What Is HTML?

Hypertext Markup Language explained for non-web developers

Web Coding with HTML

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HTML, which stands for Hypertext Markup Language, is the primary markup language used to structure content on the web. Every single web page on the internet has at least some HTML markup included in its source code, and most websites are comprised of many HTML or HTM files.

The language rules that HTML follow describe to a web browser how to display the text that makes up the web page. Without HTML to structure the content on the page, text would appear stale and without form, with no color, tables, formatting, lists, headings, etc.

Whether or not you intend to build a website is irrelevant. Knowing what HTML is, how it came to exist, and the basics of how the markup language is constructed, goes to show the amazing versatility of this basic website architecture and how it continues to be a major part of how we view the web.

If you're online, then you've come across at least a few instances of HTML, probably without even realizing it.

HTML is spoken with each letter pronounced, like aitch-tee-em-el.

Who Invented HTML?

HTML was created in 1991 by Tim Berners-Lee, the official creator, and founder of what we now know as the World Wide Web.

He came up with the idea of sharing information no matter where a computer was located, through the use of hyperlinks (links that connect one resource to another), HTTP (a communication protocol for web servers and web users), and the URL (a streamlined address system for every web page on the internet).

HTML v2.0 was released in November of 1995, after which were seven others to form HTML 5.2 in December of 2017. It's published as a W3C Recommendation.

What Does HTML Look Like?

HTML code on Lifewire.com

HTML is a combination of text, like what you see here on this page, and items called tags. HTML tags are words or acronyms surrounded by angle brackets (< and >), like you see above.

An HTML tag is used by the web browser to know what to do with an item on the page. If a block of text is surrounded in a tag meant for paragraphs, then the browser will understand that the developer of the page wants those sentences to appear as a paragraph. The same is true for the page's header area and the body of the web page.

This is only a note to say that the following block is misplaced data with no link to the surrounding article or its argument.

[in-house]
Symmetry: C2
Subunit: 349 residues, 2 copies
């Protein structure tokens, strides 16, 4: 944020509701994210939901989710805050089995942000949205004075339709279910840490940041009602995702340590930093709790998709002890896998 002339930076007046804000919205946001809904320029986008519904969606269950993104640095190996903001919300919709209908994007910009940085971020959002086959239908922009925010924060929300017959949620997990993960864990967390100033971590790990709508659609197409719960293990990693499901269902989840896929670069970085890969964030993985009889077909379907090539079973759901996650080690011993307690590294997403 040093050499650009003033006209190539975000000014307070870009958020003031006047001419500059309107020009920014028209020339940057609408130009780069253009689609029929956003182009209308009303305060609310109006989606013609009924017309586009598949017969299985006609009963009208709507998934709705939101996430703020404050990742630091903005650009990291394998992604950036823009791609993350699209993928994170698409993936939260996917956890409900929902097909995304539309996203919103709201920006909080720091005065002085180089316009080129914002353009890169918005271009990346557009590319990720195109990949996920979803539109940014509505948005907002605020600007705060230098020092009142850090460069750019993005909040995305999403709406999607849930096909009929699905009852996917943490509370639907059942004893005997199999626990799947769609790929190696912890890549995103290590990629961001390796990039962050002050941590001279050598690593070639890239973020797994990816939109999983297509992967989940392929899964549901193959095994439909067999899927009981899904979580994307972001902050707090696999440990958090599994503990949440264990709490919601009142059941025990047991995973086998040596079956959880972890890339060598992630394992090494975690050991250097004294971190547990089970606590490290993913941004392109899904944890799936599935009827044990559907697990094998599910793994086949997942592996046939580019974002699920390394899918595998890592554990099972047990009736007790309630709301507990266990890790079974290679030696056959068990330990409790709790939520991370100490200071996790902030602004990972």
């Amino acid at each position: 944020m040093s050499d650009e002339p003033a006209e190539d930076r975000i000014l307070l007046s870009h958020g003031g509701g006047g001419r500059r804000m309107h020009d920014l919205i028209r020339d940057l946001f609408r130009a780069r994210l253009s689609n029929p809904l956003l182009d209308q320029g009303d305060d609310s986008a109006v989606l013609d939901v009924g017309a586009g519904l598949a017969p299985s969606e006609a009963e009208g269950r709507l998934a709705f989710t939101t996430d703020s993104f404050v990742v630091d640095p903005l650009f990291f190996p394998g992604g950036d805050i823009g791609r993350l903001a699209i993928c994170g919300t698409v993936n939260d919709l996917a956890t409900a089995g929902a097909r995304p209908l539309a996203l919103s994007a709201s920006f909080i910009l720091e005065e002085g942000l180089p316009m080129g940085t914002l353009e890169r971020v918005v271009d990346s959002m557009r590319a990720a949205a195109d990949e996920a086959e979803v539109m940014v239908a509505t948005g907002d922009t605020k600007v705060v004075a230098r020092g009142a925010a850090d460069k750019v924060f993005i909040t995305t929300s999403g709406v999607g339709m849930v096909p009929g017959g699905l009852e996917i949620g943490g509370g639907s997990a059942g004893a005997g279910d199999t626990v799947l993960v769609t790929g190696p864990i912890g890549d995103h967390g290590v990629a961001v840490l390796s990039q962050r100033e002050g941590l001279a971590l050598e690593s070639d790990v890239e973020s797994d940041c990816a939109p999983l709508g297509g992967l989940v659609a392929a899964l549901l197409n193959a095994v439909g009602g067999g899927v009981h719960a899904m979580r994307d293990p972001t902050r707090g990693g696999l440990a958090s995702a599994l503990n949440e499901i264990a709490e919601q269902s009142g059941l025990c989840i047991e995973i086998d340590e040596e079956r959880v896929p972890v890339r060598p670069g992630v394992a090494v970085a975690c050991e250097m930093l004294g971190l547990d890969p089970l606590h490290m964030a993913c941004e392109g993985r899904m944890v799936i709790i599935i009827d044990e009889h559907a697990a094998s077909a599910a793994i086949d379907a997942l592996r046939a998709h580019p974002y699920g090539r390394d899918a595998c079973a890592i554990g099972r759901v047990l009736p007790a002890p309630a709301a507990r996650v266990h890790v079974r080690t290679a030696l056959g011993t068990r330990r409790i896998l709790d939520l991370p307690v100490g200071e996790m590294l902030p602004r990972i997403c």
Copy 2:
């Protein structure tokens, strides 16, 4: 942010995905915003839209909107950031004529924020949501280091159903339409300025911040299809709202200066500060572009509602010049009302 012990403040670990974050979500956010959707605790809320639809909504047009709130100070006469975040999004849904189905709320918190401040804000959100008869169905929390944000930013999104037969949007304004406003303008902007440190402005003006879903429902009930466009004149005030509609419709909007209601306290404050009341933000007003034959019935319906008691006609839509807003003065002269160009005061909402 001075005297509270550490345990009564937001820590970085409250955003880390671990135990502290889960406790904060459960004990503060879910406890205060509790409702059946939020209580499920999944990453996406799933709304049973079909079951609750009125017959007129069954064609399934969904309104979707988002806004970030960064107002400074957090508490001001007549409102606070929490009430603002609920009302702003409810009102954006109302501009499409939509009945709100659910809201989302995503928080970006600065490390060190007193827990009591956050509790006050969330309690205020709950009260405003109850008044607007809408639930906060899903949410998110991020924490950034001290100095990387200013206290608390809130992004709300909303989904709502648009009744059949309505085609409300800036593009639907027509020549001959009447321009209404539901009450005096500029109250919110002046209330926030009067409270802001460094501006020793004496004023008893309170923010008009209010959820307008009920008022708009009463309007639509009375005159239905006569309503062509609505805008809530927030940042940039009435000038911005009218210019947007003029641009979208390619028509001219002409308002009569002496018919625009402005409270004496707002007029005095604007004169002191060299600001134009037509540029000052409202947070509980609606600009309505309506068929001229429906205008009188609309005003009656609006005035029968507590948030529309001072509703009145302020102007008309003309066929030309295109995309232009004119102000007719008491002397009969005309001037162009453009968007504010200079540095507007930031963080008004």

Other HTML tags might describe the color of the text or the position of an image. Tags can also be used to list items with bullets or numbers, to link to other web pages and files, and to make something bold or underlined, or organized into a table. HTML is also useful for writing symbols and embedding images, videos, and forms directly onto a web page.

All HTML tags are written as pairs so that the browser knows what to contain within any specific tag. For an HTML tag to be used correctly, there must be both a beginning and an ending tag, like this:

<tag>content</tag>

You can think of it like an opening and closing statement, or like an uppercase letter to start a sentence and a period to end it. However, instead of displaying the tags, the browser hides the markup language since it's really just instructions, not something readers need to see.

For example, to explain the heading that starts the section below, there's an opening tag that reads <h3> and a closing one that looks like this: </h3> (but those details are hidden from view). The text written within those parameters describe how the heading should appear once the page is fully loaded in the browser.

HTML tags can even be nested inside of other tags, like to create a hyperlink inside a paragraph, or bold text in a heading.

How to Learn HTML

HTML is said to be one of the easiest languages to learn because a lot of it is human readable and relatable. You can start writing your own HTML web pages using a regular text editor, but there are also dedicated HTML editors that might do the job better.

One of the most popular places to learn HTML online is W3Schools. You can find tons of examples of various HTML elements and even apply those concepts with hands-on exercises and HTML quizzes. There's information on formatting, comments, CSS, JavaScript, file paths, tag attributes, symbols, colors, forms, and more.

Codecademy and Khan Academy are two other free HTML resources worth checking out.